Here, the brief sensual pleasures promised by folly and sin are contrasted with the lasting damage and bitterness they bring. The sweetness of the cherry or honeycomb when first tasted represents fleeting temptation, while the core truth and nourishment come instead from righteous wisdom.
The Redemptive Blood of Christ
In addition to representing fleeting worldly pleasure and temptation, the crimson color and juice of the cherry can also symbolize Christ’s redemptive blood sacrificed for humanity’s salvation.
In Isaiah 1:18, God promises: “Though your sins are like scarlet, they shall be white as snow; though they are red like crimson, they shall be as wool” (NKJV). Scarlet and crimson were colors associated with luxury and sin in ancient cultures, and here God uses them to describe the stain of transgression.
The vivid crimson juice of a cherry when crushed powerfully evokes the imagery of this verse – of something scarlet transformed white and cleansed by the redemptive blood of Jesus Christ. Like Communion wine, the cherry’s red juice represents the washing power of Christ’s sacrificed blood, making scarlet sins “white as snow.”
The cherry’s pit can also carry meaning related to Christ’s death on humanity’s behalf. In John 12:24, Jesus says: “Most assuredly, I say to you, unless a grain of wheat falls into the ground and dies, it remains alone; but if it dies, it produces much grain” (NKJV).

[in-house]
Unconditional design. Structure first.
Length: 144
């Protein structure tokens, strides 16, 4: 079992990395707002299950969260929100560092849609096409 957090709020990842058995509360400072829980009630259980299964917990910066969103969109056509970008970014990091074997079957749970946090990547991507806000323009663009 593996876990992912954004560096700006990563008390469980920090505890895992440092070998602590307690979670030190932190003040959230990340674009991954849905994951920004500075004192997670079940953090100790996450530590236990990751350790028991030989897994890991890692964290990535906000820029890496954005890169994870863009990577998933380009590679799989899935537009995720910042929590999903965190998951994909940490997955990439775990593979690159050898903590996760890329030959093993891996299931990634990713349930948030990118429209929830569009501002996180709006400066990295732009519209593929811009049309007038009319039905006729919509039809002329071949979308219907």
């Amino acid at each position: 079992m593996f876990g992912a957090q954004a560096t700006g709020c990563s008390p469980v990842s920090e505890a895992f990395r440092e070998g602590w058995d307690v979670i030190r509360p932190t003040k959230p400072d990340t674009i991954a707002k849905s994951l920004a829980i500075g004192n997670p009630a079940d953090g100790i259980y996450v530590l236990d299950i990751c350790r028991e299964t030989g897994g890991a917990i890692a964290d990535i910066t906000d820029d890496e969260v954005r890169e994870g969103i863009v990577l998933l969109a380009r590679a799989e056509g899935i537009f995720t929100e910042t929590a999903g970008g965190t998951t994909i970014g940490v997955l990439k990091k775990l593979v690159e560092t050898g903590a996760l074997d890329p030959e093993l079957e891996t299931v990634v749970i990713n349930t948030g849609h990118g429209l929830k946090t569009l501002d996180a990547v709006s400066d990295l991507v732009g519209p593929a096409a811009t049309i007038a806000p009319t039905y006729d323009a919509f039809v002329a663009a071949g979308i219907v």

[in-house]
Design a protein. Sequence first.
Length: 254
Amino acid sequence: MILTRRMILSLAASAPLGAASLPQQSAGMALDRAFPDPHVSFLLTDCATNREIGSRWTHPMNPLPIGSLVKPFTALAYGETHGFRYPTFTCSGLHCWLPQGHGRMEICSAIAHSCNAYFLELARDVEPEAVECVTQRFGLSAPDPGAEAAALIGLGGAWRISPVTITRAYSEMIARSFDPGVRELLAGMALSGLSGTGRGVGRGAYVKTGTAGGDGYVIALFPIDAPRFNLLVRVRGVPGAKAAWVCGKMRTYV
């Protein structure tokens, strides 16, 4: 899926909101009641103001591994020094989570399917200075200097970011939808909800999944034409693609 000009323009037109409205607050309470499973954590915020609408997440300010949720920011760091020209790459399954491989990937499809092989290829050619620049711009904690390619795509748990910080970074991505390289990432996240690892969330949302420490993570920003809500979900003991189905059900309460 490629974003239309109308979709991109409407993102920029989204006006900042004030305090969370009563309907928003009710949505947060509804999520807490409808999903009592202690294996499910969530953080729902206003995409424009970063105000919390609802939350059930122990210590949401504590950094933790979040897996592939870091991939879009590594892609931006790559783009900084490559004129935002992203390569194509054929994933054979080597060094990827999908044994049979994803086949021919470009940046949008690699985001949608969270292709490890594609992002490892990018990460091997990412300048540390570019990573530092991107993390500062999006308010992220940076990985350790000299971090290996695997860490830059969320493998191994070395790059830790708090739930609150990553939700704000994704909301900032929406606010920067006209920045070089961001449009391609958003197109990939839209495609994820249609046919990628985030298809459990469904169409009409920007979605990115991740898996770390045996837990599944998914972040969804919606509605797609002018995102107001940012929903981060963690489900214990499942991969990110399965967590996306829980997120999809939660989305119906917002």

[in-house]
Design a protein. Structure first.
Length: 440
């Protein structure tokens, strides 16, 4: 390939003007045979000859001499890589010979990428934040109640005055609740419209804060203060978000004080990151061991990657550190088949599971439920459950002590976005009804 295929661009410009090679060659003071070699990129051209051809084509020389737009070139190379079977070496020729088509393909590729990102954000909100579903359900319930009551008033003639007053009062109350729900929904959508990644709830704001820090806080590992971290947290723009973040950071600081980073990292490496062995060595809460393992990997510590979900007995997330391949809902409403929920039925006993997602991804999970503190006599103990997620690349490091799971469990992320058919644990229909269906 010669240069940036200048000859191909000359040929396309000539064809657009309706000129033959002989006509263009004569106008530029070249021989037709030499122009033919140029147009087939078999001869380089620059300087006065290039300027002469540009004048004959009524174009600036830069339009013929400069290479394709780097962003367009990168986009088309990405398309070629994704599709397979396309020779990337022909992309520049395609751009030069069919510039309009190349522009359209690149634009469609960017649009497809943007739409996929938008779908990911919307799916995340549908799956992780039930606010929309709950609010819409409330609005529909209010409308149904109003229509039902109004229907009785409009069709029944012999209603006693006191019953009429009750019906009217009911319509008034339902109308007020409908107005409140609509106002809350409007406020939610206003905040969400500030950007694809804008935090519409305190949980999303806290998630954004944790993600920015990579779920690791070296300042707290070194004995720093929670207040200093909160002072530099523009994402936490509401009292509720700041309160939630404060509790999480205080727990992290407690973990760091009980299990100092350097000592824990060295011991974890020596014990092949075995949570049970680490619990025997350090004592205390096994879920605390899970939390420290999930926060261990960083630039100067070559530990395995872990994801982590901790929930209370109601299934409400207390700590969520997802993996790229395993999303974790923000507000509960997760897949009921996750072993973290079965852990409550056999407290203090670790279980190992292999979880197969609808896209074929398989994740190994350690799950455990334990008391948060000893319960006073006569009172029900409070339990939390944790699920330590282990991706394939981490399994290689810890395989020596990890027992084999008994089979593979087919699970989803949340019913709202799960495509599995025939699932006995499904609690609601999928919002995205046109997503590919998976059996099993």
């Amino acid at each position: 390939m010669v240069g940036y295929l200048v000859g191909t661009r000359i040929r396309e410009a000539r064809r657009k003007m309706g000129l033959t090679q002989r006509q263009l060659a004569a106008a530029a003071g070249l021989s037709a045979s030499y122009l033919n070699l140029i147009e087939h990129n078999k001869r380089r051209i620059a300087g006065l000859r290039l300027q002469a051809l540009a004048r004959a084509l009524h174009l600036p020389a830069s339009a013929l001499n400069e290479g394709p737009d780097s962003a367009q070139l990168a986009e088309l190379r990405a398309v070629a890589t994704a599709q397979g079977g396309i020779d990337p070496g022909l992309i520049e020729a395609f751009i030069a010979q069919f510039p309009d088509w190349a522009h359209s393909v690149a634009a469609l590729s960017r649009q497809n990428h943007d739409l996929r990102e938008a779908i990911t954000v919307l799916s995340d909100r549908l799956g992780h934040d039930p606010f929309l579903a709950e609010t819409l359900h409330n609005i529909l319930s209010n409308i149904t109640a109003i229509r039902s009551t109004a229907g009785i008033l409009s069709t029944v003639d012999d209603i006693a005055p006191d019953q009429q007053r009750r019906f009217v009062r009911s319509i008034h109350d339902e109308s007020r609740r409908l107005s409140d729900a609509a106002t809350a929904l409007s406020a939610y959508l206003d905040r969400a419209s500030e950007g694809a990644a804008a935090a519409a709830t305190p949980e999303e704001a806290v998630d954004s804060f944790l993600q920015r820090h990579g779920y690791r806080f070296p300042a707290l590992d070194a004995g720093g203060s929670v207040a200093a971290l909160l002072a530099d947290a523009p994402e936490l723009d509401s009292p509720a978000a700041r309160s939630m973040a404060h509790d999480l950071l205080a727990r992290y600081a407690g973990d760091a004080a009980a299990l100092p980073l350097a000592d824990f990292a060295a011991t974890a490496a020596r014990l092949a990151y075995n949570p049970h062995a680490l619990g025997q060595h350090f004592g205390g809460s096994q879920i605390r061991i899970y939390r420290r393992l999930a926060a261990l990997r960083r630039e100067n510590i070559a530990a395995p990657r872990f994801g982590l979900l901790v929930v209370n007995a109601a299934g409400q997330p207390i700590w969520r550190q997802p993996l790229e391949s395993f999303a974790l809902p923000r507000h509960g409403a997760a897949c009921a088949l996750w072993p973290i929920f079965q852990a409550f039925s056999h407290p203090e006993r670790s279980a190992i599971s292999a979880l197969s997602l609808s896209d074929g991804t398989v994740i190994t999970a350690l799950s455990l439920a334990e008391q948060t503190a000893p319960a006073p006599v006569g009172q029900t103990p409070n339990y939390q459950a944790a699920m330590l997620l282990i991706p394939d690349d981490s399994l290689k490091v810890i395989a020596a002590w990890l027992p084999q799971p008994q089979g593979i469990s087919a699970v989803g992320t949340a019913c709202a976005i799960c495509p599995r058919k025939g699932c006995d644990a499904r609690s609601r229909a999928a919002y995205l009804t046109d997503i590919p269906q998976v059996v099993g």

A cherry pit, like a grain of wheat, must be buried in order for the fruit to emerge. This reinforces the biblical theme of redemption and resurrection following death and sacrifice. The cherry pit’s cycle of burial and fruitfulness symbolizes Christ buried in the tomb before His victorious resurrection.
Temptation, Sin, and Innocence
Though cherries’ sweetness can represent the joy of wisdom and righteousness, their juicy red flesh can also symbolize temptation, sin, and loss of innocence.
In 2 Samuel 6:19, David has the people gather for feasting and offerings when the Ark of the Covenant enters Jerusalem: “Then he distributed among all the people, among the whole multitude of Israel, both the women and the men, to everyone a loaf of bread, a piece of meat, and a cake of raisins” (NKJV).
Here, David offers the people three celebratory foods – meat, bread, and raisin cakes. Some translations render the final item not as raisin cakes but as “a cake of dates” or even “a cake of figs.” Figs in the Bible are often tied to sexuality and sensuality, sometimes in negative contexts.
If the food distributed was fig cakes rather than raisins, it may connote temptation and sensual indulgence entering Jerusalem along with the Ark. The cherry’s luscious red flesh can similarly symbolize Loss of Innocence and the introduction of temptation or sin.